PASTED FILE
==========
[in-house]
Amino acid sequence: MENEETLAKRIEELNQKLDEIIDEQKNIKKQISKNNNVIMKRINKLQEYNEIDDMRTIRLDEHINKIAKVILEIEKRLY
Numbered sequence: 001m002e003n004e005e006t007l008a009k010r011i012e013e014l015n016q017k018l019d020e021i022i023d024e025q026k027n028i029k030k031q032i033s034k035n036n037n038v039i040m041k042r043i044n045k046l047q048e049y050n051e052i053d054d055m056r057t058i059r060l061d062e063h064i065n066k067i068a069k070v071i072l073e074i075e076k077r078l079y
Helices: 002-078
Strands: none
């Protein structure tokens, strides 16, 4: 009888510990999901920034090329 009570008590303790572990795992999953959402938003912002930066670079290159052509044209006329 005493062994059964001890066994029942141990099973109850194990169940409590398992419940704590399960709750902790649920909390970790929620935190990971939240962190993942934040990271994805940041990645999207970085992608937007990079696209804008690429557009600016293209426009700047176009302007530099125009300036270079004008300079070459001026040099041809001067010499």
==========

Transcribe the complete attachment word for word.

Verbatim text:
[in-house]
Amino acid sequence: MENEETLAKRIEELNQKLDEIIDEQKNIKKQISKNNNVIMKRINKLQEYNEIDDMRTIRLDEHINKIAKVILEIEKRLY
Numbered sequence: 001m002e003n004e005e006t007l008a009k010r011i012e013e014l015n016q017k018l019d020e021i022i023d024e025q026k027n028i029k030k031q032i033s034k035n036n037n038v039i040m041k042r043i044n045k046l047q048e049y050n051e052i053d054d055m056r057t058i059r060l061d062e063h064i065n066k067i068a069k070v071i072l073e074i075e076k077r078l079y
Helices: 002-078
Strands: none
């Protein structure tokens, strides 16, 4: 009888510990999901920034090329 009570008590303790572990795992999953959402938003912002930066670079290159052509044209006329 005493062994059964001890066994029942141990099973109850194990169940409590398992419940704590399960709750902790649920909390970790929620935190990971939240962190993942934040990271994805940041990645999207970085992608937007990079696209804008690429557009600016293209426009700047176009302007530099125009300036270079004008300079070459001026040099041809001067010499």